The first thing is that you need to sit down and honestly evaluate whether or not you generally assume that your opinions and points of view are the correct ones.

The second thing to do is much, much harder. You have to try speaking less and listening more. Give other people the chance to share their own opinions (even if you think they’re completely wrong). You might learn something new and get a whole different perspective on things you took for granted. What’s more, this way you’ll actually be more likely to discuss things, instead of trying to convince people to change their minds.

Here’s what people had to say about the awkward situation

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Miss Cellania
Community Member
2 years ago

Unless you are actually teaching a class, the only language you should correct is that of your children.

ADHORTATOR
Community Member
2 years ago

Wise words.

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Claudia
Community Member
2 years ago (edited)

Condescending man who could not help but mansplain, was then put in his place. Love it

Martha Meyer
Community Member
2 years ago

Not just a mansplainer, also a sexist.

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Daria B
Community Member
2 years ago (edited)

Now, I can't say for this specific case, but to be fair, native speakers of every language make mistakes. And there are mistakes that are also very typical. Naturally, you don't correct them, unless the situational context calls for it, but I really wish people could overcome the "face barrier" and actually take in consideration the words from certain groups of people. Anyway, yeah, the behaviour and mentality described here sound very inappropriate.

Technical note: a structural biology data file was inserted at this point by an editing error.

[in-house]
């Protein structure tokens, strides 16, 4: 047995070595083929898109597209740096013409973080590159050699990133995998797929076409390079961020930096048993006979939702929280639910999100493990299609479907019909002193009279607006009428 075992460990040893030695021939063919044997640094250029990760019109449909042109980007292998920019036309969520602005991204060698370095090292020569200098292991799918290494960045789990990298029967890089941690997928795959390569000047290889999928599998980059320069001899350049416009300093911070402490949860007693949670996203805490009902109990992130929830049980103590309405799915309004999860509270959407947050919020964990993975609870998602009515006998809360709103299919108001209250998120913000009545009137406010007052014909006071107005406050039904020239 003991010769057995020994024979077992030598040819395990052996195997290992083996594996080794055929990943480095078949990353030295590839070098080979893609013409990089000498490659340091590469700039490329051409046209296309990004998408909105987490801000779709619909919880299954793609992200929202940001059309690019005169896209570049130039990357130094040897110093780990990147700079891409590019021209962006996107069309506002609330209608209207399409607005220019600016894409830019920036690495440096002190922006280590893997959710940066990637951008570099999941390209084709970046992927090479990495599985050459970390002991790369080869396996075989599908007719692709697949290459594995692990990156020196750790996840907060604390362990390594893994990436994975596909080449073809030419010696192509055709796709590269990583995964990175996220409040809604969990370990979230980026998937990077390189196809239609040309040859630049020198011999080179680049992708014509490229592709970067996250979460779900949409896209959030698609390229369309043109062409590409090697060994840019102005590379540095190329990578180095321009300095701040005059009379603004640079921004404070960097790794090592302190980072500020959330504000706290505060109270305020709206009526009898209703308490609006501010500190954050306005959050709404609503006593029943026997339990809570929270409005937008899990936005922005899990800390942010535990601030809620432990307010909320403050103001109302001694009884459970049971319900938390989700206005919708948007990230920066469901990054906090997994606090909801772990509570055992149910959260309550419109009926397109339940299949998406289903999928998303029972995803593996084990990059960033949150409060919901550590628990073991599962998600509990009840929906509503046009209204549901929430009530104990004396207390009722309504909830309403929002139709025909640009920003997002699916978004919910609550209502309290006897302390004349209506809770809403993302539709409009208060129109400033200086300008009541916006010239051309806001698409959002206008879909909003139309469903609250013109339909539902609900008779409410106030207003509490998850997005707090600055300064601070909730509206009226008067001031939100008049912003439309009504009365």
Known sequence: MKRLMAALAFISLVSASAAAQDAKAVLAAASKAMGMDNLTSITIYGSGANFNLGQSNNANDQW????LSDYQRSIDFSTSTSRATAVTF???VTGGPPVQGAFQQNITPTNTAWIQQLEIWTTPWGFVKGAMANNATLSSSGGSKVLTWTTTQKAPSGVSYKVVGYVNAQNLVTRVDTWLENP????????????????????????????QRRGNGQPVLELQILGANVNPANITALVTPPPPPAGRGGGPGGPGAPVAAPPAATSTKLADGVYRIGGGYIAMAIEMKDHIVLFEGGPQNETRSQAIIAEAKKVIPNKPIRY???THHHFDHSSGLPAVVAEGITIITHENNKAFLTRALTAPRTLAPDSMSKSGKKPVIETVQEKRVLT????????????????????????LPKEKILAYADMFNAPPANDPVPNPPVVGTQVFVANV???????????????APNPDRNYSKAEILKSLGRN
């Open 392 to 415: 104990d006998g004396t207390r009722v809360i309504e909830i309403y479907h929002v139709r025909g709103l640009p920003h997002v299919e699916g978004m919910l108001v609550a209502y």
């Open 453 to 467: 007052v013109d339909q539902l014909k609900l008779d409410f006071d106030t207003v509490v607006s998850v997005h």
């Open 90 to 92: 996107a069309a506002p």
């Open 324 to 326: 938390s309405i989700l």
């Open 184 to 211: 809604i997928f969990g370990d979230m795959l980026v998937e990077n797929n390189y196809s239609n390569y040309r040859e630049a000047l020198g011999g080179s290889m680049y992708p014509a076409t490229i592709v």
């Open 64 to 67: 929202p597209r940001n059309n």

Charlotte Stewart
Community Member
2 years ago (edited)

But there is what's technically proper, and what's commonly used. And those 2 things aren't always the same. For example, when I was growing up, my grandfather would always tell me that it's more proper to say "my friend and I", instead of "me and my friend". But everyone I knew always said it the second way. My teachers always used to tell us that "ain't" is not a word. Yet we all used it. So even if he was technically correct, he may have been oblivious to common usage.

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Miss Cellania
Community Member
2 years ago

Unless you are actually teaching a class, the only language you should correct is that of your children.

ADHORTATOR
Community Member
2 years ago

Wise words.

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Claudia
Community Member
2 years ago (edited)

Condescending man who could not help but mansplain, was then put in his place. Love it

Martha Meyer
Community Member
2 years ago

Not just a mansplainer, also a sexist.

Load More Replies...
Daria B
Community Member
2 years ago (edited)

Now, I can't say for this specific case, but to be fair, native speakers of every language make mistakes. And there are mistakes that are also very typical. Naturally, you don't correct them, unless the situational context calls for it, but I really wish people could overcome the "face barrier" and actually take in consideration the words from certain groups of people. Anyway, yeah, the behaviour and mentality described here sound very inappropriate.

Charlotte Stewart
Community Member
2 years ago (edited)

But there is what's technically proper, and what's commonly used. And those 2 things aren't always the same. For example, when I was growing up, my grandfather would always tell me that it's more proper to say "my friend and I", instead of "me and my friend". But everyone I knew always said it the second way. My teachers always used to tell us that "ain't" is not a word. Yet we all used it. So even if he was technically correct, he may have been oblivious to common usage.